I was disappointed to find that a book recommended to me by an acquaintance (and available in the Kindle store) does not have the text to speech facility enabled thereby rendering my purchase of the title in question pointless as I would be unable to read the work in question.

As an author I can understand the legitimate desire of writers to protect their work from copyright theft. All of my books are Digital Rights Management (DRM) protected rendering them virtually impossible to copy. However all of my books as with the majority of those available in the Kindle store have text to speech enabled thereby allowing visually impaired individuals to purchase them. I would never disable text to speech because, by so doing I would be locking out blind people from the possibility of reading my works independently.

I have sometimes heard it argued that authors disable text to speech because their book is also available as an audible download from companies such as audible.co.uk/audible.com. If the book is available as an audio download then what is the point (the argument goes) in providing a text to speech enabled version of the book on Amazon.

In answer to the above I would argue that visually impaired readers should have the same choice as to how they access books as their sighted friends and acquaintences. If a copy of a book which does not have tex to speech enabled is available from Amazon and, in addition as an audio download then the sighted reader has a choice of either purchasing the Kindle book or the audio download. In contrast the blind reader has only one choice, to download the audio version as the Kindle book is inaccessible to him or her. This is, to my mind grossly unfair as blind people should (as stated above) be afforded the same opportunity to access books as their sighted compatriots.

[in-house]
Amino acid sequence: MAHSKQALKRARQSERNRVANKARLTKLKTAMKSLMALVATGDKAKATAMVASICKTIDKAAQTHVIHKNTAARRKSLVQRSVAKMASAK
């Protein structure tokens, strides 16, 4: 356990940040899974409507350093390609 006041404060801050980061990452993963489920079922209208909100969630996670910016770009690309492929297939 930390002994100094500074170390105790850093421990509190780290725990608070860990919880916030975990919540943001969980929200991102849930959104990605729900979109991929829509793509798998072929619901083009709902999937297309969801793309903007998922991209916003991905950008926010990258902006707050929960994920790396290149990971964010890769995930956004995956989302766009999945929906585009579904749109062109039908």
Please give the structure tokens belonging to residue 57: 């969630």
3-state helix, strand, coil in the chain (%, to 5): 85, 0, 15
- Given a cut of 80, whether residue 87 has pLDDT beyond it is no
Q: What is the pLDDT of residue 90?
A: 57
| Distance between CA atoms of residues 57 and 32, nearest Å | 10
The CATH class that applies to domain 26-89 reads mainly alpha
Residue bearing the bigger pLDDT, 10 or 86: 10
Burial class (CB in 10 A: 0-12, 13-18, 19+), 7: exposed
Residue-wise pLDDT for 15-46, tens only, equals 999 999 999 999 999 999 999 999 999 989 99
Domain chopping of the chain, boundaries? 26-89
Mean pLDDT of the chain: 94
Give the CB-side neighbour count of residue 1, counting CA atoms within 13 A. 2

Certain works are only available as inaccessible (non text to speech) enabled Kindle downloads with there existing no audio alternative. Consequently blind people have their ability to access such books severely curtailed. They can request a sighted friend to read the book which negates their independence or request a charity such as the Royal National Institute of The Blind (RNIB) to record the work or transcribe it into braille. However the latter option can be time consuming and can leave the visually impaired person feeling like a second class citizen who must rely on others for his or her reading enjoyment.